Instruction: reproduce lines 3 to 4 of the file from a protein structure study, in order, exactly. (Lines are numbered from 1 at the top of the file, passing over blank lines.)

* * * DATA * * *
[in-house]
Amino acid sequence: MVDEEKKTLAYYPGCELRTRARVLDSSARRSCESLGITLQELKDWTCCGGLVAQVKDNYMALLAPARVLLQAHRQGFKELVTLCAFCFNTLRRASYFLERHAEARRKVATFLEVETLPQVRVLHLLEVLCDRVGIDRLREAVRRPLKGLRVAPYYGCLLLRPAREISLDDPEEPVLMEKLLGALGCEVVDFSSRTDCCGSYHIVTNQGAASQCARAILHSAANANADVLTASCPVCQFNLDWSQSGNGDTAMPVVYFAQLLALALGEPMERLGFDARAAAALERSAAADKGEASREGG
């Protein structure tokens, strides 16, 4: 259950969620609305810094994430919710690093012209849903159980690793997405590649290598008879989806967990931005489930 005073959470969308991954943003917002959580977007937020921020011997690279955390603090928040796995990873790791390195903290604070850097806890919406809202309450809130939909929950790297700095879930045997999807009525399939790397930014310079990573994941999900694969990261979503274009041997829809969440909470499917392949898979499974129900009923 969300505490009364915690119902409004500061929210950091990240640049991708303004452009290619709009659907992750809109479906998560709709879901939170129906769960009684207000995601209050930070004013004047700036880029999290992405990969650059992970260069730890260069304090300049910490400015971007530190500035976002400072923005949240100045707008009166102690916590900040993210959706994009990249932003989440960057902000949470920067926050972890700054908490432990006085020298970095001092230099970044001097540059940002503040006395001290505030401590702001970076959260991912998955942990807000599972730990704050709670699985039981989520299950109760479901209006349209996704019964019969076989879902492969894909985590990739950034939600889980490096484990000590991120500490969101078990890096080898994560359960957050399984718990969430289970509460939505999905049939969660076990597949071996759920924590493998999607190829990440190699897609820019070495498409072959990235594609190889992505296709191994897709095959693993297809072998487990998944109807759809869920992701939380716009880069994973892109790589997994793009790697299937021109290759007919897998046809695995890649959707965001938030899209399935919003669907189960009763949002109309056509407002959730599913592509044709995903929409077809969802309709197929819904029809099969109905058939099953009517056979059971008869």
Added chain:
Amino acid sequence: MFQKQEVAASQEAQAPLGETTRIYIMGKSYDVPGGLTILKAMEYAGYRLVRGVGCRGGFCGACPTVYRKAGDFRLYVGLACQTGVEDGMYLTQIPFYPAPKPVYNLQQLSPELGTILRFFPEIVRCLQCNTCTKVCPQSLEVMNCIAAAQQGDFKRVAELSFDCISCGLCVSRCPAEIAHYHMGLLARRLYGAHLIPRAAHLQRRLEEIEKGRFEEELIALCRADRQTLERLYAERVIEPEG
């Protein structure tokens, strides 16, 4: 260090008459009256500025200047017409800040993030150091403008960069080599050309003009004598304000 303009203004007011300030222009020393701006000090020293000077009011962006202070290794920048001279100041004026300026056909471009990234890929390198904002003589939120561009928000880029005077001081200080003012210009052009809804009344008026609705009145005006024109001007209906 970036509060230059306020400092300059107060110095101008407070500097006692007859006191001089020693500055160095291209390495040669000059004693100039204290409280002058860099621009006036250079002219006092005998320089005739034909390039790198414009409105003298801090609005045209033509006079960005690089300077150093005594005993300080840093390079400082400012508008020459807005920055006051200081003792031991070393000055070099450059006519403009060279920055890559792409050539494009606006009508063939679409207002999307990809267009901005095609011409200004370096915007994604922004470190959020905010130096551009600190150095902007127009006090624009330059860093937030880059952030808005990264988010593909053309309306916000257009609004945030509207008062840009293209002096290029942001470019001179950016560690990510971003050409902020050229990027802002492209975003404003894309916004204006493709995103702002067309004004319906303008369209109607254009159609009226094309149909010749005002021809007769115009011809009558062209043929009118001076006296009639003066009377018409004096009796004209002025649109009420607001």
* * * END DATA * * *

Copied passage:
């Protein structure tokens, strides 16, 4: 259950969620609305810094994430919710690093012209849903159980690793997405590649290598008879989806967990931005489930 005073959470969308991954943003917002959580977007937020921020011997690279955390603090928040796995990873790791390195903290604070850097806890919406809202309450809130939909929950790297700095879930045997999807009525399939790397930014310079990573994941999900694969990261979503274009041997829809969440909470499917392949898979499974129900009923 969300505490009364915690119902409004500061929210950091990240640049991708303004452009290619709009659907992750809109479906998560709709879901939170129906769960009684207000995601209050930070004013004047700036880029999290992405990969650059992970260069730890260069304090300049910490400015971007530190500035976002400072923005949240100045707008009166102690916590900040993210959706994009990249932003989440960057902000949470920067926050972890700054908490432990006085020298970095001092230099970044001097540059940002503040006395001290505030401590702001970076959260991912998955942990807000599972730990704050709670699985039981989520299950109760479901209006349209996704019964019969076989879902492969894909985590990739950034939600889980490096484990000590991120500490969101078990890096080898994560359960957050399984718990969430289970509460939505999905049939969660076990597949071996759920924590493998999607190829990440190699897609820019070495498409072959990235594609190889992505296709191994897709095959693993297809072998487990998944109807759809869920992701939380716009880069994973892109790589997994793009790697299937021109290759007919897998046809695995890649959707965001938030899209399935919003669907189960009763949002109309056509407002959730599913592509044709995903929409077809969802309709197929819904029809099969109905058939099953009517056979059971008869």
Added chain: